joshmccraney
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Any chance of a diagram?
Totally, I've attached one. I've tried drawing all the streamlines equidistant before station 1. Notice after station 2 they are closer together behind ##A_2## then before. Do you agree with this sketch?
 

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  • #6
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Totally, I've attached one. I've tried drawing all the streamlines equidistant before station 1. Notice after station 2 they are closer together behind ##A_2## then before. Do you agree with this sketch?
I think that further downstream (after station 2), they will become equidistant again.
 
  • #7
joshmccraney
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I think that further downstream (after station 2), they will become equidistant again.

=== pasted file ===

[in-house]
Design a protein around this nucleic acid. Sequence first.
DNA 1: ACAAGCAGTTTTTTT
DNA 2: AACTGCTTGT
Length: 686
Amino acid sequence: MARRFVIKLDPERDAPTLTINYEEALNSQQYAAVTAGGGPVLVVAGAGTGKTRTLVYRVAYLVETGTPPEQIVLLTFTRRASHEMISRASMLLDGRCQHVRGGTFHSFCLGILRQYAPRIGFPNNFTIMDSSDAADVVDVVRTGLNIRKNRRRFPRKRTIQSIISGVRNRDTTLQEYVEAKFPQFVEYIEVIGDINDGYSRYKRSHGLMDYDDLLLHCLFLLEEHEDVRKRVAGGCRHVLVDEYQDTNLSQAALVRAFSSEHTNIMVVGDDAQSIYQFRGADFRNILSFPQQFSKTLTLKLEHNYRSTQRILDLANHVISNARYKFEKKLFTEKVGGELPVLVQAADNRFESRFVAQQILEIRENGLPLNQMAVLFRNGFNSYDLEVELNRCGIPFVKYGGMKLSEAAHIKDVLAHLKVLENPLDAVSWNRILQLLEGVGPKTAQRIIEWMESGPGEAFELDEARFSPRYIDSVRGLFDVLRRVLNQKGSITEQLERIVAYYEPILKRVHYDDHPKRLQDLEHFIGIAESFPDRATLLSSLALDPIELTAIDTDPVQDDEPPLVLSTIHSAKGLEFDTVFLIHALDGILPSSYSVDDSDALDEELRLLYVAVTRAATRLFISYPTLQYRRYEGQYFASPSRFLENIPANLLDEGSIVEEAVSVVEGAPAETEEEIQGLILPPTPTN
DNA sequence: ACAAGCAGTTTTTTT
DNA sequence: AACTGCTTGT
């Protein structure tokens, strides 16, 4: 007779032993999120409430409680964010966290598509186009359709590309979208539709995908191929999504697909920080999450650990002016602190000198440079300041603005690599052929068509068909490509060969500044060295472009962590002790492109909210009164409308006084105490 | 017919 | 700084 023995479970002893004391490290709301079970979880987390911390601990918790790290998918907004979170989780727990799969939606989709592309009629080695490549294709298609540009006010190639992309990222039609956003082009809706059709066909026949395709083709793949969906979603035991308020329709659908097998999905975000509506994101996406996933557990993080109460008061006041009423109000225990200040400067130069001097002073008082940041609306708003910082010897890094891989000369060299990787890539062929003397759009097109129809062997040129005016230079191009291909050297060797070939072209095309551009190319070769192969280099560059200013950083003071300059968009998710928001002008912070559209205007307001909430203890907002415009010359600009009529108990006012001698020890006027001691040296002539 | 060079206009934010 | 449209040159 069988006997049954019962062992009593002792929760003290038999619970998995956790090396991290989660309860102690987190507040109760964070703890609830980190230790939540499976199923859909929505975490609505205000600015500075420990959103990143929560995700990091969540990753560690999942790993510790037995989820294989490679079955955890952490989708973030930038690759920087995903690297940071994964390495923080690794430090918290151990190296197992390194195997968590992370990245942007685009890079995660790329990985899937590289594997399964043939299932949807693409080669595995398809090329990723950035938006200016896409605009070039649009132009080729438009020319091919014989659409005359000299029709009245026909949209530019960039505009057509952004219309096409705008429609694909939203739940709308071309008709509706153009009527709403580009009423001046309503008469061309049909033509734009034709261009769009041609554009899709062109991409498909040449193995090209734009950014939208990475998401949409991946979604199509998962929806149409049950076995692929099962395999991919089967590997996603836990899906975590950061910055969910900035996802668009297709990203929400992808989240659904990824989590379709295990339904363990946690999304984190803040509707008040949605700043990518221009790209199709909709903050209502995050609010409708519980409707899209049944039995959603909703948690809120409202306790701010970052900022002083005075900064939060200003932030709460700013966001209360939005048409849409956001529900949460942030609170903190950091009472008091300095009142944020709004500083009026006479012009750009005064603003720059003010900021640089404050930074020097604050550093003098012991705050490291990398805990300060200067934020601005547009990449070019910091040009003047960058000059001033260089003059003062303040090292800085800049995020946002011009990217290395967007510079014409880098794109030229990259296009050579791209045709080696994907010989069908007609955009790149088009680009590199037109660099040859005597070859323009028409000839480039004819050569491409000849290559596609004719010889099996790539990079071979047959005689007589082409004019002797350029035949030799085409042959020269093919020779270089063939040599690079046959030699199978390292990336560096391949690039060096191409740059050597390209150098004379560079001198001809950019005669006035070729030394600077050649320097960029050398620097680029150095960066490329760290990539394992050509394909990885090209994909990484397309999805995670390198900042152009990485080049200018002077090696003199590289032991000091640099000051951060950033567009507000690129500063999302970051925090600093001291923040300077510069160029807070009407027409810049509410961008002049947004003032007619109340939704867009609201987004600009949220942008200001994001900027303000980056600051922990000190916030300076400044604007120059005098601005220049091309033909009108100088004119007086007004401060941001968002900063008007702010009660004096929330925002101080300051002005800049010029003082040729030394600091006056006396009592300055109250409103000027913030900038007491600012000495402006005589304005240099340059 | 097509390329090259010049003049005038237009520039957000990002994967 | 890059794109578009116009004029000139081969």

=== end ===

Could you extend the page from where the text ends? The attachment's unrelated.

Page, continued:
What would cause the streamlines to separate after station 2?
 
  • #8
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Do you believe that the stream function satisfies Laplace's equation for inviscid flow?

What causes the stream lines to even out again downstream of flow over a cylinder?
 
  • #9
joshmccraney
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Do you believe that the stream function satisfies Laplace's equation for inviscid flow?
I believe the streamfunction does provided the flow is also incompressible (which we assume it is) so yes, I believe the streamfunction ##\psi## follows ##\nabla^2\psi=0##.

What causes the stream lines to even out again downstream of flow over a cylinder?
Yea, I'm not sure about this. Any help?

Also, and I know this is off topic a little, but when deriving Bernoulli's equation from Navier Stokes, how do we know it is only valid along a streamline? At the very end of my derivation, assuming Newtonian, incompressible, inviscid, irrotational flow I have ##\nabla(\partial_t \phi + |\vec{u}|^2/2+p/\rho + g z) = \vec{0} \implies \partial_t \phi + |\vec{u}|^2/2+p/\rho + g z = const.## where I think the constant implies something about which streamline you're on. Also, ##\vec{u}=\nabla \phi##.